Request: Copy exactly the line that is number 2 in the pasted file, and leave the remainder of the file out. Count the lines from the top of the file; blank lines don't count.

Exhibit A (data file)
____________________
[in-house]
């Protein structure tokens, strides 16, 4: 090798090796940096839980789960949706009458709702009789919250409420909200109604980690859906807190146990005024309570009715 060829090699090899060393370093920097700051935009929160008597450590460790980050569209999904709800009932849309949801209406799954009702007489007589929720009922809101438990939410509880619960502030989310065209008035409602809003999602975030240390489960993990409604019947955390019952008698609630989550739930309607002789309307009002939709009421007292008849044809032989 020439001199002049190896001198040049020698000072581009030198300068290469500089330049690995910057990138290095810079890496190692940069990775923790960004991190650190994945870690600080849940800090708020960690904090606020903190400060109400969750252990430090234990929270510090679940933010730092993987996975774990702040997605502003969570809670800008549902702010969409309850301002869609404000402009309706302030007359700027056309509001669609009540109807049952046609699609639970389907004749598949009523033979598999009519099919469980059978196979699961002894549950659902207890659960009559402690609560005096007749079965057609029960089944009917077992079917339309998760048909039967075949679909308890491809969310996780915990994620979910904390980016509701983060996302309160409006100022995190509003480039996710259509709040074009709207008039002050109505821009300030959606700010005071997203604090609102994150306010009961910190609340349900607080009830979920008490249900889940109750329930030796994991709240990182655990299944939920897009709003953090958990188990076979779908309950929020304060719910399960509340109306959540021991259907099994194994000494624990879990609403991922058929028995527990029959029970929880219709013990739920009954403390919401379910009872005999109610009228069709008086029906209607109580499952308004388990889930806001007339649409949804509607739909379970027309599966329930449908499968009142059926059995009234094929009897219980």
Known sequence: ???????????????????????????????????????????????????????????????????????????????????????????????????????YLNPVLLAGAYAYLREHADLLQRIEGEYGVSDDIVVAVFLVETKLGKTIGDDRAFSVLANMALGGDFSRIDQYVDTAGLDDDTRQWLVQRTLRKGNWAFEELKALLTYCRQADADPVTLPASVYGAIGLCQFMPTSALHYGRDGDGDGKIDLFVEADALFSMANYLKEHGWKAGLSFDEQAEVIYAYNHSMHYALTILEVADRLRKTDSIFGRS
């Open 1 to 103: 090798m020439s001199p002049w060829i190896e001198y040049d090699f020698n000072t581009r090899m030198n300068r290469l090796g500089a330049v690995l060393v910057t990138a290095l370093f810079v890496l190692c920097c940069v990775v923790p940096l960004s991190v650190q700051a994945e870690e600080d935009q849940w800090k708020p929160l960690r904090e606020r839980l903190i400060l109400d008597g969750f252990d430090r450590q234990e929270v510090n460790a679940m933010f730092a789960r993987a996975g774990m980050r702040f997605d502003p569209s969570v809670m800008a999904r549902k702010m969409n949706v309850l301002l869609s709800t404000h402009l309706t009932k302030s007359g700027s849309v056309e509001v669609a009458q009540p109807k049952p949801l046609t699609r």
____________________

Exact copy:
């Protein structure tokens, strides 16, 4: 090798090796940096839980789960949706009458709702009789919250409420909200109604980690859906807190146990005024309570009715 060829090699090899060393370093920097700051935009929160008597450590460790980050569209999904709800009932849309949801209406799954009702007489007589929720009922809101438990939410509880619960502030989310065209008035409602809003999602975030240390489960993990409604019947955390019952008698609630989550739930309607002789309307009002939709009421007292008849044809032989 020439001199002049190896001198040049020698000072581009030198300068290469500089330049690995910057990138290095810079890496190692940069990775923790960004991190650190994945870690600080849940800090708020960690904090606020903190400060109400969750252990430090234990929270510090679940933010730092993987996975774990702040997605502003969570809670800008549902702010969409309850301002869609404000402009309706302030007359700027056309509001669609009540109807049952046609699609639970389907004749598949009523033979598999009519099919469980059978196979699961002894549950659902207890659960009559402690609560005096007749079965057609029960089944009917077992079917339309998760048909039967075949679909308890491809969310996780915990994620979910904390980016509701983060996302309160409006100022995190509003480039996710259509709040074009709207008039002050109505821009300030959606700010005071997203604090609102994150306010009961910190609340349900607080009830979920008490249900889940109750329930030796994991709240990182655990299944939920897009709003953090958990188990076979779908309950929020304060719910399960509340109306959540021991259907099994194994000494624990879990609403991922058929028995527990029959029970929880219709013990739920009954403390919401379910009872005999109610009228069709008086029906209607109580499952308004388990889930806001007339649409949804509607739909379970027309599966329930449908499968009142059926059995009234094929009897219980």